The analysis is limited to public or private companies with public debts and assets or liabilities equal to $2 million or more at the time of bankruptcy filing. It also includes private companies having either assets or liabilities greater than or equal to $10 million at the time of filing.
Historical bankruptcies data show that the number is greater than in any full year during the 2005–2019 period. The only exception is the year 2009 when mega bankruptcies reached 57.
The analysis of mega bankruptcies covers companies with over $1 billion in assets at the time of filing.
Many misconceptions are flying around when it comes to bankruptcy. But the simple truth is — it can happen to anybody.
The American Bankruptcy Institute Statistics clearly show that, while 20% of filers have a college degree, 29% have some form of college education, and 36% are high school graduates.
As you might recall, even President Trump has occasionally filed for corporate bankruptcy over the years. While the Trump bankruptcy cases were not individual claims, he has filed a chapter 11 bankruptcy claim as much as six times.
According to findings by Dan Mangan at CNBC, men are more likely to file for bankruptcy than women. The gap between the two is very small, but the reasons are very different.
The majority of men who file for bankruptcy do so after losing high-paying jobs. In contrast, 48% of women who file for bankruptcy are forced to do so due to a divorce, as the divorce statistics show.
(Law Offices Of Craig L Cook)
Data on American bankruptcies show that many people filing for bankruptcy are on low household incomes. The figures also show that only 9.2% of people who earn $60,000 per year go bankrupt.
Nearly two-thirds of people who file for bankruptcy are married. In these cases, many of them file jointly for bankruptcy, making the whole process a lot easier.
If we look at this, alongside the other figures associated with filers, we can see that married people are far more likely to file for bankruptcy than any other demographic.
For example, 15% of those filing for bankruptcy are divorced, 17% are single, and 3% are widowed.
Concerning corporate bankruptcy filings, 2019 has certainly been a year for shake-ups. This is what bankruptcy statistics by year clearly demonstrate. In the second quarter of the year, a significant number of corporate bankruptcy filings were recorded for each of the states mentioned below:
When it comes to bankrupt states and their trends, the Golden State has been at the forefront of bankruptcy news. In 2010, over a quarter million individual bankruptcies were filed in California alone.
This all-time high was mainly caused by the recession in 2007. Since 2013, California has really started to pick things up, and the filings have dropped exponentially.
(Dun & Bradstreet)
A 2019 study conducted by Dun & Bradstreet managed to shine a positive light on the global bankruptcy statistics. It showed that from 43 countries, 21 made reports stating that bankruptcy rates had dropped, 18 countries saw a rise in filings, and four countries reported no change at all.
This is a positive trend, but with impending economical changes coming thick and fast, the world bankruptcy statistics for 2020 will show things in a very different light.
Brexit will lead to some rather extreme consequences and the ongoing trade disputes between China and the US. China is implementing a slowdown in consumer and industrial spending that will surely have a detrimental impact on its import.
Meanwhile, the alarming bankruptcy statistics in the United States serve as the Federal Reserve’s basis for putting an end to the interest rate bump. This will hopefully reduce the amount of pressure on businesses.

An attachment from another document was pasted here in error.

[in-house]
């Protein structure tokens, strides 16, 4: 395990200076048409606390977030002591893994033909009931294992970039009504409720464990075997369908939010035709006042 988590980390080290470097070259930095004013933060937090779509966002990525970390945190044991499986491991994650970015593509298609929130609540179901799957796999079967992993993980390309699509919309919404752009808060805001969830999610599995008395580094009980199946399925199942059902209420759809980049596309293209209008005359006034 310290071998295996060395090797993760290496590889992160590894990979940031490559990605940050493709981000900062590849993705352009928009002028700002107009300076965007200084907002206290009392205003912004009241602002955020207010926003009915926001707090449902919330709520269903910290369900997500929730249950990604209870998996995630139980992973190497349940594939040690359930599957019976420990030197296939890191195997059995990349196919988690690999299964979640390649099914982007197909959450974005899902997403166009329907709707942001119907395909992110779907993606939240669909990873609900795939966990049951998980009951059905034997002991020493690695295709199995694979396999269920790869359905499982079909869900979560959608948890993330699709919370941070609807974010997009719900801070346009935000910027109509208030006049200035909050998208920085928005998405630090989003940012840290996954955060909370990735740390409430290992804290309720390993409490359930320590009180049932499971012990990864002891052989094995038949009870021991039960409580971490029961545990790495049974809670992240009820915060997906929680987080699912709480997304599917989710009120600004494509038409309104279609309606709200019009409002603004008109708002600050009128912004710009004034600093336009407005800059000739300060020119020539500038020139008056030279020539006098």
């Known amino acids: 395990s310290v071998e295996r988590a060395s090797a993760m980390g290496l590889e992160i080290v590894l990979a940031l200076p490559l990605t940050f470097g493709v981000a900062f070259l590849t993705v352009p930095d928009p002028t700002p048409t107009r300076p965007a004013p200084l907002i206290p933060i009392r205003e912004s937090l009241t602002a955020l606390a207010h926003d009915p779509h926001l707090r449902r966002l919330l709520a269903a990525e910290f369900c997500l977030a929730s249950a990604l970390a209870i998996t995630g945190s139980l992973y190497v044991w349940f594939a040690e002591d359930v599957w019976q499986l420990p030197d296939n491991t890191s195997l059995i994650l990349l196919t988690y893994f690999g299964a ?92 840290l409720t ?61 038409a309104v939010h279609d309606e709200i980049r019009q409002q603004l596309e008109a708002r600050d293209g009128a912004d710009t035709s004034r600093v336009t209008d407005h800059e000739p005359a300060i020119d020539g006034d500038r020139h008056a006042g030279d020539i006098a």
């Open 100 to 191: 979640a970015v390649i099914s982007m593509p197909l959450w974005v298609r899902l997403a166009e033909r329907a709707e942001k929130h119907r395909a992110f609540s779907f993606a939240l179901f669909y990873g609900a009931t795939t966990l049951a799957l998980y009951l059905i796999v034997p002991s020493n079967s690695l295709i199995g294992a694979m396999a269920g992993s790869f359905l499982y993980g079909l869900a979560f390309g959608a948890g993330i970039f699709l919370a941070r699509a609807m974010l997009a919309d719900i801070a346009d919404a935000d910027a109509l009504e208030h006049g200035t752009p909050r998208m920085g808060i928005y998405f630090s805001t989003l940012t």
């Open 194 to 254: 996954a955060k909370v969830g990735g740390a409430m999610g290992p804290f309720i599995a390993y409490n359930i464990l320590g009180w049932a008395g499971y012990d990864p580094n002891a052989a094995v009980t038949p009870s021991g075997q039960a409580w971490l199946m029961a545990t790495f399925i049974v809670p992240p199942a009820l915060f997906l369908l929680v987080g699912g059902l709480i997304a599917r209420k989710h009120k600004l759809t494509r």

If there is one thing that should be crystal clear from this article, it is that there is no shame in filing for bankruptcy. While there may be certain connotations attributed to the filing, most of them are false.
Whether you are an individual or a business, filing for bankruptcy can give you the fresh start you deserve.
Although the latest bankruptcy statistics may be of some concern, they are there to help you see that you will soon be on the path to financial recovery. And there is always light at the end of the tunnel.
In 2020, 460,269 bankruptcies were filed in the United States. The total number includes the bankruptcies from D.C., Guam, Puerto Rico, and the Virgin Islands. This represents a 40.7% decline from last year’s figure.
Despite the coronavirus pandemic that forced many businesses to cease operating, it’s a bit surprising to know that bankruptcy cases have plummeted.
In 2019, 757,634 bankruptcy cases were filed in the US, up by 1% from 2018. A huge percentage came from the Chapter 7 bankruptcy type, accounting for 61%. The remaining 37% goes to Chapter 13.
Chapter 7 of the Bankruptcy Code provides liquidation, which means debtors can sell their nonexempt properties and distribute the proceeds among their creditors.
On the other hand, Chapter 13 provides regular income earners with the adjustment of their debts. Also called “wage earner’s plan,” Chapter 13 allows debtors to propose a repayment plan where they can pay their creditors in installments over three to five years.
The number of bankruptcies in 2018 reached a total of 755,403. Unlike in 2019 when bankruptcies went up by 1%, 2018 saw a decline in bankruptcy filings by 1% from 2017.
But just like in the succeeding year, the majority of the bankruptcies filed in 2018 were under Chapter 7 (61%), and the rest were under Chapter 13 (37%).
With the COVID-19 pandemic still ongoing, more individuals and businesses are expected to file bankruptcies by the end of the year.
According to the latest bankruptcy filings by state, California holds the record of having the most bankruptcy cases reaching 61,738 in total.
The majority of this number came from non-business bankruptcies with 59,058 cases, while there were only 2,682 business bankruptcies.
The state of Florida came in next with 42,652 bankruptcy filings. On the other hand, the bankruptcy statistics show Alaska as the least bankrupt state, having only 366 filings to date.